My eyebrows shot up and nearly jumped off my face. Here was a successful entrepreneur who had turned a one-person beauty salon into a thriving hub of ten staff over the last decade.
I told her she was asking the wrong question, and that a better one was “When do I get to celebrate my success?” Then I pulled my eyebrows back together and offered that piercing look of truth that only a coach or your mother can achieve.
Georgia had been so busy looking ahead at the next milestone she hadn’t paused to reflect on what was beneath her feet. Business was a constant struggle to overcome one challenge after another. It was relentless.
But there was no way I was going to let her get away with playing the victim and sacrificing all that effort for a ‘Woe is me’ theme song, so I followed up with, “Tell me, Georgia, what has your business allowed you to do, pay for and buy over these last ten years?”
The snuffling stopped as the mental gears ground to a halt and shifted out of the old rusty slot into a new one. Then, slowly, Georgia started to tell me how the business had allowed her to buy a house, pay for her very sexy BMW, fund her children’s private education, take weekends off, go on holidays, support ten families, service thousands of clients who loved her and the results she brought them… and more.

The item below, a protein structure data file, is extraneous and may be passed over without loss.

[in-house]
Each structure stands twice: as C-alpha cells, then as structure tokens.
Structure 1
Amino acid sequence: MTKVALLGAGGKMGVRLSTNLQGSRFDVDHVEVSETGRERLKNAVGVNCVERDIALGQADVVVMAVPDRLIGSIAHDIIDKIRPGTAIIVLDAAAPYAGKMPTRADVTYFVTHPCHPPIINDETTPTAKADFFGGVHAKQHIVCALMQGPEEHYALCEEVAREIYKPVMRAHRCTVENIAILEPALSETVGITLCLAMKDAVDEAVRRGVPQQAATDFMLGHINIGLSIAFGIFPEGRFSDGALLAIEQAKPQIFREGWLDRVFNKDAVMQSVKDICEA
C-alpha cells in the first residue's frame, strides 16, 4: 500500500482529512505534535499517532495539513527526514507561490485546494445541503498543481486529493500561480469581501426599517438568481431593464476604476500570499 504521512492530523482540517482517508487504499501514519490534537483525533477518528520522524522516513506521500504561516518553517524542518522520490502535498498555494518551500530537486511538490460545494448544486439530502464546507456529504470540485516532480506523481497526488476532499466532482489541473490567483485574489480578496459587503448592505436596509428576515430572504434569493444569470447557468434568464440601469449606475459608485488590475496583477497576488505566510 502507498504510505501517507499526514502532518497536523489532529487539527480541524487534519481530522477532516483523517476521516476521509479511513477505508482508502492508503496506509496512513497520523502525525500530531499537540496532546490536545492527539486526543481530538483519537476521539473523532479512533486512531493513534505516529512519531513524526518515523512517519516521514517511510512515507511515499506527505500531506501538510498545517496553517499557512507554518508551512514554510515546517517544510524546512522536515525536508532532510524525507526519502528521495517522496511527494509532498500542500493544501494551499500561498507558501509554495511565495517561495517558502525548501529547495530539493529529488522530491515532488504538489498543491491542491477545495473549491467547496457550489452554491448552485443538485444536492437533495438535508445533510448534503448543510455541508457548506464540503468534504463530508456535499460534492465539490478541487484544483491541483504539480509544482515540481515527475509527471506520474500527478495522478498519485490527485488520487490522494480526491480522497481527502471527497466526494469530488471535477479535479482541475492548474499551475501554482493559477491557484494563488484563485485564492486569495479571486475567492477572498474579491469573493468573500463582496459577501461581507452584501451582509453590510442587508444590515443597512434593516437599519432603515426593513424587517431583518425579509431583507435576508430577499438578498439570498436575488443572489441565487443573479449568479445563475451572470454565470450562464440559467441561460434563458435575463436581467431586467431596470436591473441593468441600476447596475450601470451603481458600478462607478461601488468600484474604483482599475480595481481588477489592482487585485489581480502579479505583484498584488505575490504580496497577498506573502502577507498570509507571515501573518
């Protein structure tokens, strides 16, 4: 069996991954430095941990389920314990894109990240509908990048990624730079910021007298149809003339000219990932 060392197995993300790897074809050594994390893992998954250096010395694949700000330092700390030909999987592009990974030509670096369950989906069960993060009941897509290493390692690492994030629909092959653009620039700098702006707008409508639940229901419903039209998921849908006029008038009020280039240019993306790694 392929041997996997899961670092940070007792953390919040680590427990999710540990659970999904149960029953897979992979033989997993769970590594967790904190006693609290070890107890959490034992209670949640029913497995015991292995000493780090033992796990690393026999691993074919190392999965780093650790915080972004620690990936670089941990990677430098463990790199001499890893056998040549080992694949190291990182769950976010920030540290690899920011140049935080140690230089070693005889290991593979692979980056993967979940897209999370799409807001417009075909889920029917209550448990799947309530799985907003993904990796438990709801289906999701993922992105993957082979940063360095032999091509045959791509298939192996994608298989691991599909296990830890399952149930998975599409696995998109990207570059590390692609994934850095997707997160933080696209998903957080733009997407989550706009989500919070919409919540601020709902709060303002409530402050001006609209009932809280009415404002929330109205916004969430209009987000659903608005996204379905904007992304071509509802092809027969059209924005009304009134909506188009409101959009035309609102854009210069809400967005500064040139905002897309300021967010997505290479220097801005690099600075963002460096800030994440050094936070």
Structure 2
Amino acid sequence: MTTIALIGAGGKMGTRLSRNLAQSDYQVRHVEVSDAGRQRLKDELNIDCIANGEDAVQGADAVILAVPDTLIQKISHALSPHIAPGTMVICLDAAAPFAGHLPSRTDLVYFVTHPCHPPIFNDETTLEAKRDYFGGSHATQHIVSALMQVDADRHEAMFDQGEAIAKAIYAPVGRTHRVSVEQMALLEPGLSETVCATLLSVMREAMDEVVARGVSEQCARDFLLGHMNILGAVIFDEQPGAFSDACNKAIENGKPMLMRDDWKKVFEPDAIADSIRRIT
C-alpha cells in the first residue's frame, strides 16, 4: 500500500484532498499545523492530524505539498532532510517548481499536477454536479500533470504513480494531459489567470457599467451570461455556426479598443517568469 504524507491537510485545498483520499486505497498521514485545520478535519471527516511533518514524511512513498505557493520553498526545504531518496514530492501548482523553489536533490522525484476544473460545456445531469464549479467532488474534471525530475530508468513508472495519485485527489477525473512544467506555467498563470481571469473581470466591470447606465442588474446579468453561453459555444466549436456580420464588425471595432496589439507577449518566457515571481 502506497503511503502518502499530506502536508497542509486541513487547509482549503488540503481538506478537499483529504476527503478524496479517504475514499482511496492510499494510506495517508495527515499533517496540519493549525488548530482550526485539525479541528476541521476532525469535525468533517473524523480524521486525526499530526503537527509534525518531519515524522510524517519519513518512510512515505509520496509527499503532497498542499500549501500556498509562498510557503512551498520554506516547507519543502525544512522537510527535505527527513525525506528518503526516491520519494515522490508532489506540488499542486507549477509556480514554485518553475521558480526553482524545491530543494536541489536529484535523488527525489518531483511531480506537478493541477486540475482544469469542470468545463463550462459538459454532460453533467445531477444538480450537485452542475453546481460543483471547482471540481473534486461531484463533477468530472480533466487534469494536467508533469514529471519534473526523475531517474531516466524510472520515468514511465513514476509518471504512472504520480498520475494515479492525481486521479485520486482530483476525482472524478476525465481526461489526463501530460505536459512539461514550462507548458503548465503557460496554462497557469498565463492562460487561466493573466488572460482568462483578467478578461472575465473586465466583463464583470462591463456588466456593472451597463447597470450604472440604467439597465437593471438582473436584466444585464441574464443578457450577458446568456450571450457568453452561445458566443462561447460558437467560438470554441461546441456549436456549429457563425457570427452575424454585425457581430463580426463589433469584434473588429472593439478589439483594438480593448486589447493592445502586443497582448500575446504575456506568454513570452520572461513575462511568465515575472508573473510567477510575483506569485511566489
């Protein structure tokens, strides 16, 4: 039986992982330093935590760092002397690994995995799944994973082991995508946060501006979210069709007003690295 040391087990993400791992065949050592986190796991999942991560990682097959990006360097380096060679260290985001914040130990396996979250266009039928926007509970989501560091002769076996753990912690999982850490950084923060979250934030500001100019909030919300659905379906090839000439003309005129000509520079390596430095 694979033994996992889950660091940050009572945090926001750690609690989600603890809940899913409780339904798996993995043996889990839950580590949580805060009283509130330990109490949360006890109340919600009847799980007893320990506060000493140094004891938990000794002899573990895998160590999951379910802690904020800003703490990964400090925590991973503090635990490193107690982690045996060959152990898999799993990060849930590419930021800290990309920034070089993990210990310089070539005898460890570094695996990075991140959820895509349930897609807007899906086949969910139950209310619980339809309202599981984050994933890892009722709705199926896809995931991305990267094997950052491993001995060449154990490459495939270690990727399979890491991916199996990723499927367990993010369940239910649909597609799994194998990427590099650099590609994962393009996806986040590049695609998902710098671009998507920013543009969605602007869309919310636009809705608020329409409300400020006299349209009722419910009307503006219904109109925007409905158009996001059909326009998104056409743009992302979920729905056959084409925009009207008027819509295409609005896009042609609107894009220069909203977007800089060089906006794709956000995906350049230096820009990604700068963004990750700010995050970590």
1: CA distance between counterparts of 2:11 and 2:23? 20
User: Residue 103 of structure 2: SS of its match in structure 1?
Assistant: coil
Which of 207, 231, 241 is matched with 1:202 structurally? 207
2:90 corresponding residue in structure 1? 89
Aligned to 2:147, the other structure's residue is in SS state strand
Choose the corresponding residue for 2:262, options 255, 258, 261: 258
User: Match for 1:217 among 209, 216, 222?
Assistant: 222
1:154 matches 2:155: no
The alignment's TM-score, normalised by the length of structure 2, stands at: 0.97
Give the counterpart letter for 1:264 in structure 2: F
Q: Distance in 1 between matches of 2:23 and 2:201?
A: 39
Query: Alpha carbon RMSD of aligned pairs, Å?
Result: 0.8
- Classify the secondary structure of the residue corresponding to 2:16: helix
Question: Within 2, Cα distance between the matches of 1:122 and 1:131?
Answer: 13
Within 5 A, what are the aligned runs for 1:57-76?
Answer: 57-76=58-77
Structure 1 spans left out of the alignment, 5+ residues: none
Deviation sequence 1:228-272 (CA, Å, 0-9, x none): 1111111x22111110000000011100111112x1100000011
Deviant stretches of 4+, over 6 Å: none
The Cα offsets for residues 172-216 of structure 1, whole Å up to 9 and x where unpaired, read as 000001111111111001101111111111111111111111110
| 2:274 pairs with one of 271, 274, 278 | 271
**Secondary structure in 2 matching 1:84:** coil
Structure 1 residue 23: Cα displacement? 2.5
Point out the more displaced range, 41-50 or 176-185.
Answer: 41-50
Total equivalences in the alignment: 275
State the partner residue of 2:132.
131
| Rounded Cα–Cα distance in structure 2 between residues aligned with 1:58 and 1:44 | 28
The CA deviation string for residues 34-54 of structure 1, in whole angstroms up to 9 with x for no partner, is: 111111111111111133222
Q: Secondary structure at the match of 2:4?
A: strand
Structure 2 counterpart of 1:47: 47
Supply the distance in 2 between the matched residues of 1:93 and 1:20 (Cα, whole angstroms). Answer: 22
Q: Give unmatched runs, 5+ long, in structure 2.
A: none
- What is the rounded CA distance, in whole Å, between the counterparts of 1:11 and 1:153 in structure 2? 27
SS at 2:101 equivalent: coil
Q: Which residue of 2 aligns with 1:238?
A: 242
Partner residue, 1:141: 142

Success is what happens when we’re busy making new goals.
Want more articles like this? Check out the business psychology section.
I find it useful to remember that my business is actually an intimate, deeply personal relationship, and I need to treat it as one. As soloists we sometimes forget this and fall into the trap of thinking that we ARE the business.
You might be the creative force that produces the vision, the process, and the results, but really, you’re just the vehicle that allows the creative flow of Source (call it God, the Universe, energy – what you will) to be manifest.
Much like your children, once its born, your business takes on a life of its own. Your job is to nurture it.
And you would never tell your child, “When are you going to pay off?”
At least, not on a good day.
The pay off for soloists is the process of creating, of giving value, of helping others, of doing your thing in an authentic way in the world, with freedom and autonomy.
If you look carefully you’ll see your business, (let’s call her Betty), has done more than that too. She’s paid bills, she’s supported you, she’s bought office furniture and a computer, paid suppliers, and maybe funded a business lunch or two with colleagues.
So my soloist friends, press ‘pause’ on whatever soundtrack of struggle you’ve been playing and write some new background vocals. Ones that celebrate all that Betty Business has enabled you to experience.
Please join the chorus below and tell us what you’re thankful to your business for. (Here at FSHQ we’re thankful it’s introduced us to all of you!)